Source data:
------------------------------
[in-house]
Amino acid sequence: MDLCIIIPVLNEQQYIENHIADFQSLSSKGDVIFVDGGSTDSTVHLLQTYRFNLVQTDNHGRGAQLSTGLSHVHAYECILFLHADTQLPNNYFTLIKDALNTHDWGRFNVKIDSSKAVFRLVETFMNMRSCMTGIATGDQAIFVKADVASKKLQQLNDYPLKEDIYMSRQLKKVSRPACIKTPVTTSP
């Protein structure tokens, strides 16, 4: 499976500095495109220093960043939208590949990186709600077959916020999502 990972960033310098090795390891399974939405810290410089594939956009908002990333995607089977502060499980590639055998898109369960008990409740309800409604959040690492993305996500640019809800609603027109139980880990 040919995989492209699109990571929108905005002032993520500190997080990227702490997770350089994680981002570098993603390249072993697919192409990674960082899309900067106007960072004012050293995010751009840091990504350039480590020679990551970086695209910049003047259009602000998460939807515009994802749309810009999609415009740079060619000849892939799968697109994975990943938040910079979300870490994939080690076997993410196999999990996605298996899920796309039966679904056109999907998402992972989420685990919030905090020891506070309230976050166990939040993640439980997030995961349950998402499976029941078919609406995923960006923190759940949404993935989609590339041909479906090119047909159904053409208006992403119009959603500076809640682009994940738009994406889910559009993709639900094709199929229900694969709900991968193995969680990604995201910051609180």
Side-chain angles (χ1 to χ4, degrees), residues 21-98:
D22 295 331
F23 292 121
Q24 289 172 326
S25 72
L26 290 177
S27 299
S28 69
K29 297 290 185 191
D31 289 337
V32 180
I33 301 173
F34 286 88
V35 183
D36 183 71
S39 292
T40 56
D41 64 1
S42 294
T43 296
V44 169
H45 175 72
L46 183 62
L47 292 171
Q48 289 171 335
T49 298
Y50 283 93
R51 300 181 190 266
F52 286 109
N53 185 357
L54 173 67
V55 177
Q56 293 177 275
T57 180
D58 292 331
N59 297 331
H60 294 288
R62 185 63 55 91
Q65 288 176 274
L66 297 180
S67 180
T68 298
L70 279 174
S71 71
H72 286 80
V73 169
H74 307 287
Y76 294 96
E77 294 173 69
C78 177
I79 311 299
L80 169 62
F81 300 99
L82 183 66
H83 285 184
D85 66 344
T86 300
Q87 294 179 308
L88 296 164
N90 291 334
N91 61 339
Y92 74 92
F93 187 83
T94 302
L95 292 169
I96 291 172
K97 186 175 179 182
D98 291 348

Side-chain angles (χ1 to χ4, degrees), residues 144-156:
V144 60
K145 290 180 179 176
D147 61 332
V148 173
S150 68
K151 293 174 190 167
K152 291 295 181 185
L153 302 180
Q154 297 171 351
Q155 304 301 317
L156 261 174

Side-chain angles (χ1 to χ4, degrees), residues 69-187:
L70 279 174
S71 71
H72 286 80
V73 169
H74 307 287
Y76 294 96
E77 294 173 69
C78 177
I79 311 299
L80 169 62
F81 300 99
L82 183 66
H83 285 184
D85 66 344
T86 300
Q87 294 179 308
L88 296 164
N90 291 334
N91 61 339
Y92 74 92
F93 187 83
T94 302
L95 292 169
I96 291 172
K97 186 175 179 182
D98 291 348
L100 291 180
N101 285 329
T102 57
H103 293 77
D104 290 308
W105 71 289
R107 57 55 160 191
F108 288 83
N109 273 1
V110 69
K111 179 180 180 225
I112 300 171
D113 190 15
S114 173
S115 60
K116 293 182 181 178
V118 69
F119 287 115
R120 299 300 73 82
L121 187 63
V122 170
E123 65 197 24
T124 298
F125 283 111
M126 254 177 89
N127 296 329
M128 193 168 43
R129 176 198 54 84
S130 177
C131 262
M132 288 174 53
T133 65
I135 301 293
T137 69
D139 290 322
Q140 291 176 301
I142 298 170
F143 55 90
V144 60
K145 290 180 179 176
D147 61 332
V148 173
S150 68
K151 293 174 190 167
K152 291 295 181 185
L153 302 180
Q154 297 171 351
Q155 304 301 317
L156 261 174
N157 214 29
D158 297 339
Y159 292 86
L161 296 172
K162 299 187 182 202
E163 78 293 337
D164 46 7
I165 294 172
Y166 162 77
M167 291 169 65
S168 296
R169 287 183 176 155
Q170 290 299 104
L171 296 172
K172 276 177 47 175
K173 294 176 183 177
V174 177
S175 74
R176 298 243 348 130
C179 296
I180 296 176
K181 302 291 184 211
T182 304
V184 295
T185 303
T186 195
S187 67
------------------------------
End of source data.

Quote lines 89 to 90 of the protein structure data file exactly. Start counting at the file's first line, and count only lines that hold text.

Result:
H74 307 287
Y76 294 96